Places like the US, EU, or Australia create vast amount of waste, including plastic waste, exporting much of it to countries lacking the resources or infrastructure to manage them safely. This study looked at levels of toxic chemicals samples of eggs in and around places where the waste is often burned openly to obtain metals or as a fuel source. The study found some of the highest levels of certain toxics, such as chlorinated dioxins ever measured in the environment.
Waste generated from the use of plastics is a challenge for the whole of human society. Plastics are everywhere around us, and we can find tiny parts of plastics in even the most pristine places. Most plastics were invented by chemical scientists, and in order to make the plastic suitable for many different uses or to make them meet legislative requirements for fire safety, for example, they need chemical additives that make the plastic resistant, flexible, durable or less flammable.
Plastic Waste Poisons Indonesia's Food Chain reports on the high levels of dioxins being dumped into the environment and food networks as a result of plastic incineration — plastics which are being imported along with waste papers into Indonesia and other countries. Measured levels of dioxin in eggs rivals some of the worst polluted areas in human history.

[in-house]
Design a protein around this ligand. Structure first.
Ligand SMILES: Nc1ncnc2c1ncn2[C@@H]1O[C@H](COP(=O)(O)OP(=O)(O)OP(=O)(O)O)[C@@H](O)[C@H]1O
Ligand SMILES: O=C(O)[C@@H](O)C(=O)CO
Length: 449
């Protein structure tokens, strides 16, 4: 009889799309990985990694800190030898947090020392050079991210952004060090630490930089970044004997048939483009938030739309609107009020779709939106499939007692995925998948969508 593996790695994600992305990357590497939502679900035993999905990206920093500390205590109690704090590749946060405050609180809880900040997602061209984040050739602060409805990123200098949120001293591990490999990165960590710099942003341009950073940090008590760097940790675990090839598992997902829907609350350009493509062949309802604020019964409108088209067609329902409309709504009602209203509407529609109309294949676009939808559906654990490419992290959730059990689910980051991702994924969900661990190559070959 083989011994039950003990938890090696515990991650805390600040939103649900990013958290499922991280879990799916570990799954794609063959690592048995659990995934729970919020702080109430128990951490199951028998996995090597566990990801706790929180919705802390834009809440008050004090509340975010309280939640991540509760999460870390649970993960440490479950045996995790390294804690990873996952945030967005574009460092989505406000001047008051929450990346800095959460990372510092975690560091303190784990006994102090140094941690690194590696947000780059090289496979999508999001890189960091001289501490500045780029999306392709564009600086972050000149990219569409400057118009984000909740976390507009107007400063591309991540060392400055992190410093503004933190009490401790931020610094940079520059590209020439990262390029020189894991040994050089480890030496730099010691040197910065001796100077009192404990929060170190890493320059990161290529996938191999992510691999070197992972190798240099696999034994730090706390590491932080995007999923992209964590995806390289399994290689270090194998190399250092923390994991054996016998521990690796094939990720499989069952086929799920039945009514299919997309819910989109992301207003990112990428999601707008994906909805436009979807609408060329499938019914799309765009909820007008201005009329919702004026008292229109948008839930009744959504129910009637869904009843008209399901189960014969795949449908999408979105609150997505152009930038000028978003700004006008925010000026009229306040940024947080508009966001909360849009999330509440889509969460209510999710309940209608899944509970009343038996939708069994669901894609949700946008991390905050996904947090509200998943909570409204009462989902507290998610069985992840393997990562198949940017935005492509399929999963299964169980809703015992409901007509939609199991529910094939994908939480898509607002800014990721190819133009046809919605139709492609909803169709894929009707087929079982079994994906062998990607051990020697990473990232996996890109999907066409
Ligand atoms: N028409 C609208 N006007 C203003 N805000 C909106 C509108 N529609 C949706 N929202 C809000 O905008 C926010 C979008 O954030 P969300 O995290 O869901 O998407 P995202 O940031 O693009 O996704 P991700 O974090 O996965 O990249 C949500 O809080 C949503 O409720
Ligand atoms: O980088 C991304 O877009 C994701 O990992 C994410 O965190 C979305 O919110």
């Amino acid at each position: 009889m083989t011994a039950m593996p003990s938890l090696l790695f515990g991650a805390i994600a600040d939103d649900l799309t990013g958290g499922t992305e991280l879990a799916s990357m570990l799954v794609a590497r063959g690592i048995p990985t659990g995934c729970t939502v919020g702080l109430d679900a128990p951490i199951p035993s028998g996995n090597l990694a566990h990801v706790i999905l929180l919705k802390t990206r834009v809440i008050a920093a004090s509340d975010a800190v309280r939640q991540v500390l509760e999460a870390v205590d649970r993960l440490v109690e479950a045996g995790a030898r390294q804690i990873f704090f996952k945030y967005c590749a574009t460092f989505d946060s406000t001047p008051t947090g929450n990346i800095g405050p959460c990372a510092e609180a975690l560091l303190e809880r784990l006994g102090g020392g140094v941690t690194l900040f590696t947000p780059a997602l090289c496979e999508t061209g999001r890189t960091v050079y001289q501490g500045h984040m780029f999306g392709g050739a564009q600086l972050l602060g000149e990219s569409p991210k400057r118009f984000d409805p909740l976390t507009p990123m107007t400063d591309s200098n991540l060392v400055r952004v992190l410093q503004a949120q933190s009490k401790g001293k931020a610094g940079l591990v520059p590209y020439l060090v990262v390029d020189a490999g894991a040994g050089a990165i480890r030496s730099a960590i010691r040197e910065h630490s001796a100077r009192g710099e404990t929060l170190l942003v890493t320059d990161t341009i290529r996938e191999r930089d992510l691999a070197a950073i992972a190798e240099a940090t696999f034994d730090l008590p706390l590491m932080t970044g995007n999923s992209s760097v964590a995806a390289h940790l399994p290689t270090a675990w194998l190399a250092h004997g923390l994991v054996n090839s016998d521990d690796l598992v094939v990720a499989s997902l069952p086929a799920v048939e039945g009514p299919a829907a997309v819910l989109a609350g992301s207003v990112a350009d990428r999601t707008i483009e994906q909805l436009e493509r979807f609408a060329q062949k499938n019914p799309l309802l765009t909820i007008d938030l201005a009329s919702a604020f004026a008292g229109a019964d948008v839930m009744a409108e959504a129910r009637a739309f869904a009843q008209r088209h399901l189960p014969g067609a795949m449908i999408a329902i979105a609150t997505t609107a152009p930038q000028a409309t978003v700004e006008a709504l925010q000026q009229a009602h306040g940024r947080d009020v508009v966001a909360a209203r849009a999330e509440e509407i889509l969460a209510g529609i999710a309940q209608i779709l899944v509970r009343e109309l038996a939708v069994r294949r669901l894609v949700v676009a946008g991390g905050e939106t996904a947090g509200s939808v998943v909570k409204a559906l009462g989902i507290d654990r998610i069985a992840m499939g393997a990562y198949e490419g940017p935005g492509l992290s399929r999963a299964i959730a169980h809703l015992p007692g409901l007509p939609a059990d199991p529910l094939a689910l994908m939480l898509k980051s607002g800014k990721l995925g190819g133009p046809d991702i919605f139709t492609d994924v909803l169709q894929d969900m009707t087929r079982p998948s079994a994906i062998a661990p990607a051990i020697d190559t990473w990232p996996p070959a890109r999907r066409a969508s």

This longer version of the report includes greater details on the measurements and methods used during the study.
This brief overview of work by Arnika and IPEN calls into question whether the "Dirty Dozen" chemicals listed in the Stockholm Convention are adequately addressed, and whether sufficient safeguards against the toxic impacts of these POPs exist for human health and the environment. The report includes a list of test results over an 18 year period.
New studies by IPEN and the Basel Action Network (BAN) reveal how weak controls in international treaties allow developed countries to export e-waste to developing countries, leading to dangerous levels of POPs exposure, and resulting in food chain contamination. The key findings of this report are:
Incineration of medical waste and open burning of waste – including electronic waste – are potentially large sources of toxic chemicals known as persistent organic pollutants (POPs). These substances are slated for global reduction and elimination under the Stockholm Convention.
Eggs have been found to be sensitive indicators of persistent organic pollutant (POP) contamination in soils or dust and are an important exposure pathway from soil pollution to humans, and eggs from contaminated areas can readily lead to exposures with exceeding thresholds for the protection of human health (Van Eijkeren, Zeilmaker et al. 2006, Hoogenboom, ten Dam et al. 2014, Piskorska-Pliszczynska, Mikolajczyk et al. 2014).